Because it had included a YouGov logo in its ad (shown above), Three believed consumers would understand that its claims were based on a research report. The poll asked customers who they thought the best mobile network based on a number of metrics and Three was voted the most reliable network for the fifth consecutive quarter. EE took to social media to publicly contend Three's "undisputed" claim, highlighting awards it had won from network testing body Rootmetrics.
Three didn't help matters when it admitted there wasn't a "standard, objective industry test for network 'reliability'" and that "'reliability' is related to personal experience and therefore the best way to find out a network's reliability was to ask its customers." The ASA therefore banned the ad because its main claim did not reference YouGov clearly enough or include any wording that said it was based on subjective consumer reviews.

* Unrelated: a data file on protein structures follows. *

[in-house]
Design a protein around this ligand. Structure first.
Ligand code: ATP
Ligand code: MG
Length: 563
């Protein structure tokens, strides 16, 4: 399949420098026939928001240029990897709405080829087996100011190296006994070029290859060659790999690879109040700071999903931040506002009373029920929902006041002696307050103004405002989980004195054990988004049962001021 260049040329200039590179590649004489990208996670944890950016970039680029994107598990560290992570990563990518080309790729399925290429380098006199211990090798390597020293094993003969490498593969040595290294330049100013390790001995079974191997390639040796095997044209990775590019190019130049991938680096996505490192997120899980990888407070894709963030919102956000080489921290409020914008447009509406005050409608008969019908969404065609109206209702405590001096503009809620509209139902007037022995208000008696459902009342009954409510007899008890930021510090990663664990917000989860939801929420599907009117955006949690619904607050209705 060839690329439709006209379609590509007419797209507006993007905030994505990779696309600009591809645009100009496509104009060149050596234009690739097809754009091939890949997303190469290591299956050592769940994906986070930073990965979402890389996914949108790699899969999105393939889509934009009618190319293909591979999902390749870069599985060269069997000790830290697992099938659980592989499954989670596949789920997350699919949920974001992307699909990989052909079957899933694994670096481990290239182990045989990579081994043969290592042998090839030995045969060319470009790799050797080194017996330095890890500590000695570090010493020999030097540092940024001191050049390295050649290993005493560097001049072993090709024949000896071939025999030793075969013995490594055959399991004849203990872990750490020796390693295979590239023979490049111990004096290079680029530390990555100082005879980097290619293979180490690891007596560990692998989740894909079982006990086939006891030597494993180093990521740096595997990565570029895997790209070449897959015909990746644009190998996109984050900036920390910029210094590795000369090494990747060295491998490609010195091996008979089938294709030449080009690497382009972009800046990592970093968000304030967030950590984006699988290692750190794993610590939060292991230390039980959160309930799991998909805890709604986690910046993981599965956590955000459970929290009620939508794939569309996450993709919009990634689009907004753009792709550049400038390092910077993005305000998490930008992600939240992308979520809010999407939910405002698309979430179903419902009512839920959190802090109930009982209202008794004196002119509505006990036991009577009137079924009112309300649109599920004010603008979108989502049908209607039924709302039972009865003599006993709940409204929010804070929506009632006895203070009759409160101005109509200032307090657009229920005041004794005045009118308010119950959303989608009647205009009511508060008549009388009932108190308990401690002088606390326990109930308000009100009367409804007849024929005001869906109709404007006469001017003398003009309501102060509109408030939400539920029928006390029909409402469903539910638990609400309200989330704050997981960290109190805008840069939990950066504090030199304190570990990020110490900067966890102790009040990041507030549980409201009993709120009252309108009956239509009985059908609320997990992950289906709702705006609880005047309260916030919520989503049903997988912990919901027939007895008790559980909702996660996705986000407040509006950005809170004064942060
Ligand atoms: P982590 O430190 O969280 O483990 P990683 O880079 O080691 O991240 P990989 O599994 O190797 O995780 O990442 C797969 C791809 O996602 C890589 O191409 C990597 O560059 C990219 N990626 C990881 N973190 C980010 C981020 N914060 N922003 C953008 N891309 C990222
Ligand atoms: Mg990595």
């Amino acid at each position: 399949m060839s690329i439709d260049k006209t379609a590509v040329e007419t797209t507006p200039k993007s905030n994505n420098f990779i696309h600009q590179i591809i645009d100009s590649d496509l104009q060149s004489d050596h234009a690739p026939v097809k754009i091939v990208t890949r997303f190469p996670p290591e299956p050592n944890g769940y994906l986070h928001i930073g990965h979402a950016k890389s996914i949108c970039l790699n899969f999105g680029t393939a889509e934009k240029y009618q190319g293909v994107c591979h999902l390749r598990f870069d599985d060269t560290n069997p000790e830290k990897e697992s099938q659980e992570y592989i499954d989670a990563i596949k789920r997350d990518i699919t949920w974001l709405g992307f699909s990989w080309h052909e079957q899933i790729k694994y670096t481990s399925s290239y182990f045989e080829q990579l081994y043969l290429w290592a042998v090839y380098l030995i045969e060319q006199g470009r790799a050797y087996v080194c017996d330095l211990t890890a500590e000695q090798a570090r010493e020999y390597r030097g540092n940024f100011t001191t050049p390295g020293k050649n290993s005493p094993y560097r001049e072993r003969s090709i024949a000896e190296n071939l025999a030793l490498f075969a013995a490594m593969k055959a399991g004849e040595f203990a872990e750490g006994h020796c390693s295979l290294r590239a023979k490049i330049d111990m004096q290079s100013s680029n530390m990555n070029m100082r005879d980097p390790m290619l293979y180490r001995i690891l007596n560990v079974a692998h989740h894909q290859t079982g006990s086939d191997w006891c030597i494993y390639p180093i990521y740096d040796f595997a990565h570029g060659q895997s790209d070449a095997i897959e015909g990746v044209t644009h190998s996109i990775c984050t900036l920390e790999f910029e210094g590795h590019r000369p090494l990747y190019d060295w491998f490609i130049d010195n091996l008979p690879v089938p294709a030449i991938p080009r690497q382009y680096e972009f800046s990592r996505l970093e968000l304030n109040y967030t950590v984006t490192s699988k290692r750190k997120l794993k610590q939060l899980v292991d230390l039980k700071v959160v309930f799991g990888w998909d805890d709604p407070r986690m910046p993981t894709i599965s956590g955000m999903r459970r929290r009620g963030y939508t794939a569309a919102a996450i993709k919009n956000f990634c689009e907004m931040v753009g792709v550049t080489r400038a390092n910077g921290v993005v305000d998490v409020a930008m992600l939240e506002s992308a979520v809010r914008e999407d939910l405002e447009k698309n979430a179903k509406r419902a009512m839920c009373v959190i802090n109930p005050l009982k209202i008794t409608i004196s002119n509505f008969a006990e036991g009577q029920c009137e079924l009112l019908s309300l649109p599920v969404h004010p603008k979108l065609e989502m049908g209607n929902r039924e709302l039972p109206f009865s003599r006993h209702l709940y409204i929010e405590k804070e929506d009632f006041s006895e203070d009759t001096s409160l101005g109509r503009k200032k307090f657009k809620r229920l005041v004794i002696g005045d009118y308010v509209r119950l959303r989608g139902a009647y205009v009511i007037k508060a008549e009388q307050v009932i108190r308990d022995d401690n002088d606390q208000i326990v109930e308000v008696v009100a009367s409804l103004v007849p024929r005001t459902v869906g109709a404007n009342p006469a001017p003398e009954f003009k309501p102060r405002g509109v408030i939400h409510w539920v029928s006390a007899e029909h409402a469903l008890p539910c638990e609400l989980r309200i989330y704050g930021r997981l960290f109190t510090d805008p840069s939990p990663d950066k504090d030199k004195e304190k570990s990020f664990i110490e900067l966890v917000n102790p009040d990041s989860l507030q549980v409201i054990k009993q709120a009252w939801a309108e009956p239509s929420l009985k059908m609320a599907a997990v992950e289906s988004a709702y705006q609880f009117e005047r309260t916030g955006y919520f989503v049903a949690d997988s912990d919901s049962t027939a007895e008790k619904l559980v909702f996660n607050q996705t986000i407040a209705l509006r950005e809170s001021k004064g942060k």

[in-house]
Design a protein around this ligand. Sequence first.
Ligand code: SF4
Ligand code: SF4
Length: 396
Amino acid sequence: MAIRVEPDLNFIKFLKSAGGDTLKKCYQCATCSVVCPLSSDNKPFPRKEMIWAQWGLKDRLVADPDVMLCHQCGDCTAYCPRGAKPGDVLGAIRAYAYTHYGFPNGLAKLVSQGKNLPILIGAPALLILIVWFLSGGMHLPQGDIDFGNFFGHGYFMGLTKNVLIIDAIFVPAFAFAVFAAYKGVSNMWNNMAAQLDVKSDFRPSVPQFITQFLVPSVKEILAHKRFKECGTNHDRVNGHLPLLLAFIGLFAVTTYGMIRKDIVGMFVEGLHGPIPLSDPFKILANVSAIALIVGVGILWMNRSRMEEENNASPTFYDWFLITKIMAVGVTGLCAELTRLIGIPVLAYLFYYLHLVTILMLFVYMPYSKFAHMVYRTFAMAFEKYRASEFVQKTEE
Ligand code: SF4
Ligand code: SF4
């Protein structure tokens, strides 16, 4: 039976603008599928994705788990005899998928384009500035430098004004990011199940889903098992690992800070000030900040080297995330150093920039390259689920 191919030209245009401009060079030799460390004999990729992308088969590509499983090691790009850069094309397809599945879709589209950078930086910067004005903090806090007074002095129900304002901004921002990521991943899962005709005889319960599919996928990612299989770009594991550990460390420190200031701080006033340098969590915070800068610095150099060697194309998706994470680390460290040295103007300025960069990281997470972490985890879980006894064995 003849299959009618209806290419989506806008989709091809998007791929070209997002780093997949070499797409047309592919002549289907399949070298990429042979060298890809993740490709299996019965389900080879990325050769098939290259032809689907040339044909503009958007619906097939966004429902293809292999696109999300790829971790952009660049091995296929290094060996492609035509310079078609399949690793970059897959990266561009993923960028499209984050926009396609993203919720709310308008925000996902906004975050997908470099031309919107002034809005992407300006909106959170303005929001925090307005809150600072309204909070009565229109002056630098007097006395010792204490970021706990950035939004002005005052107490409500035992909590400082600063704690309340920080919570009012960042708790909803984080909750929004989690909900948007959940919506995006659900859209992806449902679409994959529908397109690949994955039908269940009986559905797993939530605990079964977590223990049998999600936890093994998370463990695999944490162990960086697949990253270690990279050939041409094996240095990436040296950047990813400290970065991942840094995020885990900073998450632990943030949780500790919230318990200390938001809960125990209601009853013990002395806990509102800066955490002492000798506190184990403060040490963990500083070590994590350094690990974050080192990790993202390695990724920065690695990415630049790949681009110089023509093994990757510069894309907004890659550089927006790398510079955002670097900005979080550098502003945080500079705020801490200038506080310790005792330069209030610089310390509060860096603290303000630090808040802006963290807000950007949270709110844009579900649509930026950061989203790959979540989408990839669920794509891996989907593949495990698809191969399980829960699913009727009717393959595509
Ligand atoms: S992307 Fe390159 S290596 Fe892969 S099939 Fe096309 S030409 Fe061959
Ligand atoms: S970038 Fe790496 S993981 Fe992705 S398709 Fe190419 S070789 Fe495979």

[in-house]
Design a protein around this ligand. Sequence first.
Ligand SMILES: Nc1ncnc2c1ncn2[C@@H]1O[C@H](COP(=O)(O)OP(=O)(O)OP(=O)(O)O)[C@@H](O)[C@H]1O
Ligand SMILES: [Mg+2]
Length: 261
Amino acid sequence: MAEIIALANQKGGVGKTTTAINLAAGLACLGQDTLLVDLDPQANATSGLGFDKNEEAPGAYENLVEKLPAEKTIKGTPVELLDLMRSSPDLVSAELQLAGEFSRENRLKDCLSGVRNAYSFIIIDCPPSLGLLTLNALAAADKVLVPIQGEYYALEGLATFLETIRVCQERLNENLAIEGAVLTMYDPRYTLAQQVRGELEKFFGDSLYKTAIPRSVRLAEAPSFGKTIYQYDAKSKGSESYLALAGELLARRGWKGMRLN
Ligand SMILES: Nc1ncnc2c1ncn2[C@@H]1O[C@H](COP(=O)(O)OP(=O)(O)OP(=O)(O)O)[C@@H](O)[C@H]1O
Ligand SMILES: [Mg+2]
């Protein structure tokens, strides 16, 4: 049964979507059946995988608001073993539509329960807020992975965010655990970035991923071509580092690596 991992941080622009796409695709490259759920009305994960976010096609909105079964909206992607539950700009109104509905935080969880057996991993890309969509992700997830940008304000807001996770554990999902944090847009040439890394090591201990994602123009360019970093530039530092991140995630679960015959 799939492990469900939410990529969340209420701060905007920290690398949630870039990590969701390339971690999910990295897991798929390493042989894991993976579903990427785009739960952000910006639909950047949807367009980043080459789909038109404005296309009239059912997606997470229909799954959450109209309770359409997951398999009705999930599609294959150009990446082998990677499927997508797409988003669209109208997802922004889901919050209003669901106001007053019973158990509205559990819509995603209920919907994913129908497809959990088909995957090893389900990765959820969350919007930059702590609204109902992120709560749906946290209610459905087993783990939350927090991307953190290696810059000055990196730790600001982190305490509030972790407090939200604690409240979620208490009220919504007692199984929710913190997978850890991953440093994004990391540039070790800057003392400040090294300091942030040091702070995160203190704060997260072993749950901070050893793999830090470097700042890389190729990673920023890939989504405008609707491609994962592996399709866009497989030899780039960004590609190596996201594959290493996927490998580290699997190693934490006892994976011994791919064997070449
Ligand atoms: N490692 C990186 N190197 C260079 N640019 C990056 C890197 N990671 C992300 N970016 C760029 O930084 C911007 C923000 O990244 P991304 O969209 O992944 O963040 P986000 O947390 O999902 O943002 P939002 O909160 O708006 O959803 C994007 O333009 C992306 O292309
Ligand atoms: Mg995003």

So, what happens now? As with the majority of the ASA's upheld rulings, the company gets a slight ticking off and told not to do it again. At this point, the Jackson ad is six months old, meaning that it's unlikely to figure in Three's current marketing material anyway.
Still, EE's finding time to gloat about the decision: